Chris: And so when we talk about behaviors, one of the key things to understand is that even if a behavior matches an adversary technique, that doesn’t necessarily mean it’s always bad, because administrators have the option to use this type of thing. That’s one of the challenges, and that’s why monitoring is so important. It’s important to have humans behind the console, and managed detection and response is probably the most in-demand thing right now. The behaviors need some sort of filter on which you say, “is this an allowed technique or not?” Because if it was always bad, it would just be a vulnerability that we would close and turn off.
We have to have discernment. And that discernment happens at scale through our analytics engine that keeps getting tuned. So we can take the billions of events that do happen and funnel them down to a set that one person can go and triage for an entire customer set.
Correlating Behaviors of Various Priority Levels to Create a Cohesive Story
Kelly: What I’ve heard you say before, is that it’s not just about a single activity. It could be that there’s one suspicious thing that happens, or it could be that each individual piece might make sense on it’s own. But, looking at the context of all of them together, it starts to tell a different story. How do you do that?
Chris: This idea of correlation has existed for a while in the SIEM world. It used to be that you had a proxy, a firewall, and an antivirus and all these different solutions that are deployed, and they would funnel their data into a SIEM (security incident event manager), and that was supposed to correlate these events.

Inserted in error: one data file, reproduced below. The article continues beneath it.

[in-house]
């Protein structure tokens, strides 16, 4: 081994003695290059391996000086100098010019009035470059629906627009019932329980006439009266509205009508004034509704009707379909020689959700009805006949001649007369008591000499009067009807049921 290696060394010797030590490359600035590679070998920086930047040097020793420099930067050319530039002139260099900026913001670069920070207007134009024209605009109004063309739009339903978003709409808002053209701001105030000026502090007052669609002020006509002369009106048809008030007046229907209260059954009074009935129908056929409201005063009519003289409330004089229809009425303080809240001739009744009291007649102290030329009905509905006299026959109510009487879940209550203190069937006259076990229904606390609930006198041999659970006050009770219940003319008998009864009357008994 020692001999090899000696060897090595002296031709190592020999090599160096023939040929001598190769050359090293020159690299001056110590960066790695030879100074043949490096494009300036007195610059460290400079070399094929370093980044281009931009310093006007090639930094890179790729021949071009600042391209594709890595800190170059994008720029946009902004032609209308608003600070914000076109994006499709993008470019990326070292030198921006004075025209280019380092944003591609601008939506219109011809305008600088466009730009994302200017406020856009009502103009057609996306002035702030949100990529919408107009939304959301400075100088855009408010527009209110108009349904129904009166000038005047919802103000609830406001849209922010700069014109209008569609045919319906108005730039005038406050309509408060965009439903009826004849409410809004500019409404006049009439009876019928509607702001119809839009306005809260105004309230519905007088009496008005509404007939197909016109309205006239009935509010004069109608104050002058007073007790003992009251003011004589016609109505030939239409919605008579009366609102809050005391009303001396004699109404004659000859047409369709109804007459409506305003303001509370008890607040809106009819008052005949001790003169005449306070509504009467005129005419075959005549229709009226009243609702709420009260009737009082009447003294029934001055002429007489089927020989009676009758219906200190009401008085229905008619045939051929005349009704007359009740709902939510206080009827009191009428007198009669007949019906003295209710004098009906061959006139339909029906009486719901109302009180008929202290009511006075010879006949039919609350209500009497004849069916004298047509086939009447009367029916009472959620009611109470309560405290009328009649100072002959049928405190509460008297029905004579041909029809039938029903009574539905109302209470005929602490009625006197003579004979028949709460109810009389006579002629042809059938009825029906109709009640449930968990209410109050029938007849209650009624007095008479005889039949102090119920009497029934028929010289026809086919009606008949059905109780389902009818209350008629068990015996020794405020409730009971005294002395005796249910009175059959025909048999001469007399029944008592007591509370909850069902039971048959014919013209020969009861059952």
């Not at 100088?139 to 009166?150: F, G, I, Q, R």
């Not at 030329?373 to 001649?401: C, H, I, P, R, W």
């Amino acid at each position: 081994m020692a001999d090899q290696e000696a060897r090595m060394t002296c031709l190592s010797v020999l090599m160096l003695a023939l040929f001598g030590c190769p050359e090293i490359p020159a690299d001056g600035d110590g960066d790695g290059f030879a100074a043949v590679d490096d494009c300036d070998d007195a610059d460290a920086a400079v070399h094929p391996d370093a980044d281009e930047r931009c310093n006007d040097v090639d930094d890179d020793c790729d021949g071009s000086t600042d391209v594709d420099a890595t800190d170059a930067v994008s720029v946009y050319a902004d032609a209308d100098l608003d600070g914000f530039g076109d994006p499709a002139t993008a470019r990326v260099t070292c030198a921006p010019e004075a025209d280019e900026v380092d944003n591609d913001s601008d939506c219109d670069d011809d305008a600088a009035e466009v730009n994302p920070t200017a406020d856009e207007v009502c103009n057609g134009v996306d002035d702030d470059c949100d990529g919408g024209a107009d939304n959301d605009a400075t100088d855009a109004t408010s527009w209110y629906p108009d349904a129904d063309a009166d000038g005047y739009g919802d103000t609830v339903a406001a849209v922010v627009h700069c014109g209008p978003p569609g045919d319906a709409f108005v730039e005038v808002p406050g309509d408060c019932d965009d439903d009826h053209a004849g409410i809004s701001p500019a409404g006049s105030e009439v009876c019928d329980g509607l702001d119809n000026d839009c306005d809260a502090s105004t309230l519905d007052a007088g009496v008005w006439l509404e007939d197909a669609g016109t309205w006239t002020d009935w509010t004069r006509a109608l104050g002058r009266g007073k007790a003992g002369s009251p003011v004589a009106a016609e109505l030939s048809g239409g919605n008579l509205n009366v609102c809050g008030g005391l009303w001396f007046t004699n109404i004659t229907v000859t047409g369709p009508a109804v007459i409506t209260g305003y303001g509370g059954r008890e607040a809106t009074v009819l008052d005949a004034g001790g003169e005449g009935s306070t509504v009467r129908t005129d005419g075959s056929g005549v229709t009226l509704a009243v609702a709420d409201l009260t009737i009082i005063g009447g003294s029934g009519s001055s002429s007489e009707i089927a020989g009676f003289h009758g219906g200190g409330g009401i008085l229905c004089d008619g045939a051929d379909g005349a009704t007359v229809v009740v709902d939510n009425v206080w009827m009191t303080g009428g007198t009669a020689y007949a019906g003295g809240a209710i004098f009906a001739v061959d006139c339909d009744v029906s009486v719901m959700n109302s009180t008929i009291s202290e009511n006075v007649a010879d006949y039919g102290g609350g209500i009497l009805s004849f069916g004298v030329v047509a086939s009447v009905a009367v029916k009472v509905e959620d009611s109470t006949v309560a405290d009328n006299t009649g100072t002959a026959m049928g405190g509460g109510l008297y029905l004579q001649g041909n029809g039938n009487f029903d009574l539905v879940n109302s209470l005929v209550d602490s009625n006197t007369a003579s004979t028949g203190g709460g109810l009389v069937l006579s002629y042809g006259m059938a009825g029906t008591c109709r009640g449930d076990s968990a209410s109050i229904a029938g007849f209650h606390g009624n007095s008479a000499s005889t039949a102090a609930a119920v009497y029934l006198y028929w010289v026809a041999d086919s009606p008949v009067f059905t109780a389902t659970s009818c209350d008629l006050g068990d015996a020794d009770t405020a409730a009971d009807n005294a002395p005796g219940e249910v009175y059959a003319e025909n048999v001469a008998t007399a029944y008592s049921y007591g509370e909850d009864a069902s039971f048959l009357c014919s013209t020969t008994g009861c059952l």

So, if you did see something coming from a host through a firewall, through a proxy but it was the same connection, those can be correlated together. That was the idea on the network layer at least because you’re going through multiple network devices. On the endpoint, this idea of correlation is different. With EDR technology and with behavior monitoring, we can identify these behaviors, and each of these individual behaviors could be an admin activity that would be low suspicious. With most attacks, we see a series of slightly suspicious actions, medium suspicious actions, and there might only be one highly suspicious action that only hackers do.
The problem is that if I just concentrate on alerting the high quality ones that don’t have any false positives, I’m going to miss all those actions that occur when it’s, “low, low, low, low low”. Correlation really helps us elevate a low priority action that has a lot of noise.
Understanding a Hacker’s First Steps